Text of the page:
High Resolution Melt (HRM) analysis, a recent advance in molecular biology used to detect variants in DNA sequences [14], has replaced dHPLC, the reference screening method, for analyzing genetic variants of BRCA1 and BRCA2 [15]. There are major drawbacks with dHPLC including chemical waste, high maintenance costs and the need for post-PCR manipulations. Moreover, dHPLC does not allow high-throughput sequence variation screening.

HRM is based on the analysis of the melting curve of a real-time PCR amplicon. Monitoring the melting curve of the amplicon involves detecting the change in fluorescence intensity induced by the release of an intercalating DNA dye from a DNA duplex as it denatures at high temperatures. Unlike dHPLC, this technique allows high throughput screening. Even if the sequence is the endpoint of molecular analysis, a pre-screening step always reduces the cost compared to the whole gene sequencing [16]. Therefore, with regard to PKD1 and PKD2 , HRM could be a rapid and cost effective technology for routine genetic analysis.

We show the results of an HRM screening strategy to identify sequence variants within PKD1 and PKD2 in 37 ADPKD patients and demonstrate that HRM is accurate to study ADPKD genes.

Methods

DNA samples

Thirty-seven unrelated patients from the Nephrology center of Marseille were screened for sequence variants in PKD1 and PKD2 . They all fulfilled the ADPKD unified diagnosis criteria [17]. The cohort is composed of 14 females and 23 males. The mean age is 51 years+/-11. They had normal renal function (2 patients) or chronic renal failure (6 patients) or end-stage renal disease (29 patients). Fifty healthy individuals are the control group. They are from the same area and ethnic group as patients. Genomic DNA was extracted from lymphocytes harvested by venous blood puncture after written informed consent. Quantification and quality of all experimental DNA samples were assessed using Nanodrop® Technology (Coleman Technologies, Orlando, FL). DNA working solutions were diluted in ultrapure water to obtain the correct dilution. The study was conducted in compliance with the Helsinki Declaration and was approved by the Comité de Protection des Personnes (CPP) Sud-Méditerranée 2.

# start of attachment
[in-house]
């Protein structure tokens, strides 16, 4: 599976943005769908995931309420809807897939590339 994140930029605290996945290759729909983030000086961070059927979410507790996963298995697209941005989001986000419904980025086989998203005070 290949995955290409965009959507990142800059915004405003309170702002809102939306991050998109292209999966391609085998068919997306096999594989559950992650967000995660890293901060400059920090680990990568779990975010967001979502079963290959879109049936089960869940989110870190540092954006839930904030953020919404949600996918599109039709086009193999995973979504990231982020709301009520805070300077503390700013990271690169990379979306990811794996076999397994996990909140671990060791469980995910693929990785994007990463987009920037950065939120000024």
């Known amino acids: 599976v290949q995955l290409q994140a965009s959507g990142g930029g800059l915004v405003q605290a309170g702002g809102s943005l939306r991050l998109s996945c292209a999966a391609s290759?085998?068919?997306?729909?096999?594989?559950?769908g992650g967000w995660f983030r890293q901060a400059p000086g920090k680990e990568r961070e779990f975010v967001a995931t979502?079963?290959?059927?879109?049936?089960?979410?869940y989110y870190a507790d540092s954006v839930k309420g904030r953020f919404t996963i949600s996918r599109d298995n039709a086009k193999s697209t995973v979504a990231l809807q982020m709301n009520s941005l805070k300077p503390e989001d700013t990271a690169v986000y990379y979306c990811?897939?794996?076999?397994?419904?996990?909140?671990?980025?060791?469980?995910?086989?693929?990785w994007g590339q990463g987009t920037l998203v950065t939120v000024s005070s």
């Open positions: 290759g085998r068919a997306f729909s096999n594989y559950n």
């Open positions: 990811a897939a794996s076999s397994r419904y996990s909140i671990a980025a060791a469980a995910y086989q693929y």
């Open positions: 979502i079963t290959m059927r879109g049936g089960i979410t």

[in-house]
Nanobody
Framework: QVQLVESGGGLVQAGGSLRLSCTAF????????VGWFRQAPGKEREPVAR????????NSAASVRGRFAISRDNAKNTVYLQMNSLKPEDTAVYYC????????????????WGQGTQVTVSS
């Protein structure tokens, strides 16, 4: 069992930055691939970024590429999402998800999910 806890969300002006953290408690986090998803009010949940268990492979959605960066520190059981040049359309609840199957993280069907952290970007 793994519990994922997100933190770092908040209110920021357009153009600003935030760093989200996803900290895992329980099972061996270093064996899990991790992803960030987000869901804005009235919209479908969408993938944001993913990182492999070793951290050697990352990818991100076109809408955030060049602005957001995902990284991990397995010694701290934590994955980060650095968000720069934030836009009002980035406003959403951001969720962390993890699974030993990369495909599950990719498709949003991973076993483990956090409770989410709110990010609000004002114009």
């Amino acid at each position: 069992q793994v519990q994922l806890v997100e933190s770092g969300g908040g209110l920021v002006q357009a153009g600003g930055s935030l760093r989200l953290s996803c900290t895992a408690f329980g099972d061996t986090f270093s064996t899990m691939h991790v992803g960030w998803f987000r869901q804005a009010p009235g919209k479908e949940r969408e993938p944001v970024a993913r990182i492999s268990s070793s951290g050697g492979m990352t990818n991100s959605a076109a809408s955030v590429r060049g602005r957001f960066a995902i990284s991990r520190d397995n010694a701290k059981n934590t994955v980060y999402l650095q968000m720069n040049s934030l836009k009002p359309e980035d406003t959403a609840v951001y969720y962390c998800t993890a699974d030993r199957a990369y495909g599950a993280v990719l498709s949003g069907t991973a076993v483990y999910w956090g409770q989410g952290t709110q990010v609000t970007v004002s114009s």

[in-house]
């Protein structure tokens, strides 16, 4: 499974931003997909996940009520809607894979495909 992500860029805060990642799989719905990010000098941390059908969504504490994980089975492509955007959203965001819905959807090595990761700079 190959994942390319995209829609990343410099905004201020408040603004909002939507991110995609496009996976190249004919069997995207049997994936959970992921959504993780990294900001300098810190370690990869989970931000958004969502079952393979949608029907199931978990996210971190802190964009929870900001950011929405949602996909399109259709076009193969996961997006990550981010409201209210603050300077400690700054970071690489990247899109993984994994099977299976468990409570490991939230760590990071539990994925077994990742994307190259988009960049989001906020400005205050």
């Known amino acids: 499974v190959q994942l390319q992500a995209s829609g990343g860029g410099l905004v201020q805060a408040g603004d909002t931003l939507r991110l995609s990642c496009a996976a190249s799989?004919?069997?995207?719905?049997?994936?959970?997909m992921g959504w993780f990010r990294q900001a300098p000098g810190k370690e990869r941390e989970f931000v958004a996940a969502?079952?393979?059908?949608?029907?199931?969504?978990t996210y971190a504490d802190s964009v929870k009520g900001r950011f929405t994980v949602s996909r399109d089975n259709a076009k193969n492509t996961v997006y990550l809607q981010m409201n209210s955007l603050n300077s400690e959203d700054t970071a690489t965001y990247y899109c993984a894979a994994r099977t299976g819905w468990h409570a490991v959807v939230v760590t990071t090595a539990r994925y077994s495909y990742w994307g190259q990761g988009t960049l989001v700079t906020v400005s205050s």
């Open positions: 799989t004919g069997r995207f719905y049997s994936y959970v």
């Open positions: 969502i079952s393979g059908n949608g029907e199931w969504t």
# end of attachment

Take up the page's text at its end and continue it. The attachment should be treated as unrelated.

Long Range PCR

PKD1 screening previously required amplification of five specific long range (LR) PCR with primers designed in the PKD1 sequence differing from the homologues; this step ensures to screen for sequence variants in PKD1 , not in homologues. Long range PCR assays were performed as described previously [18], LR1 amplified exon 1, LR2 amplified exon 2 to 12, LR3 amplified exon 13 to 15D, LR4 amplified exon 15E to 22, LR5 amplified exon 22 to 32. A sixth 7,838 bp LR PCR was designed to make HRM analysis for PKD1 exons 36 to 46 more specific with the forward and reverse primers: 5'-ACCTTCCCTCTAGGGAGGGAGCA-3' and 3'-GGCCAAGCTCGCATCCAAGCA-5'. Amplification was performed using the GeneAmp High Fidelity PCR System (Applied Biosystems, Foster City, CA) in a final volume of 50 µl containing 100 ng gDNA, 2.5U enzyme, 15 µM of each primer, 5 mM dNTP, 5 µl manufacturer's supplied buffer, 2 µl supplied MgCl2 and 10% DMSO. Cycling conditions were 95°C for 3 min, followed by 34 cycles at 96°C for 30 s, 62°C for 30 s, 68°C for 8 min, and a last step of 7 min at 72°C. All LR PCR products were verified on ethidium bromide stained gels.

Primers

We used oligonucleotide primers described in the literature to perform PCR on each PKD1 and PKD2 exons and on exon-intron junctions, which is important in order to identify variants affecting mRNA splicing. Primers from Tan et al. [18] and from Rossetti et al. [10] were used for PKD1 analysis; primers from Tan et al. [18] and from Hayashi et al. [19] were used for PKD2 . Forty-three out of 46 exons of PKD1 were screened in 56 amplicons; 14 out of 15 exons of PKD2 were screened in 14 amplicons. Exons 1, 42, 43 of PKD1 and exon 1 of PKD2 could not be screened by HRM and were sequenced. Details of all primers are available in additional file 1.

Additional file 1. Primers used for PKD1 and PKD2 analysis. The file contains the sequence and characteristic of the primers used for amplification of PKD1 and PKD2 .

Format: DOC Size: 282KB Download file

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Real Time PCR and HRM conditions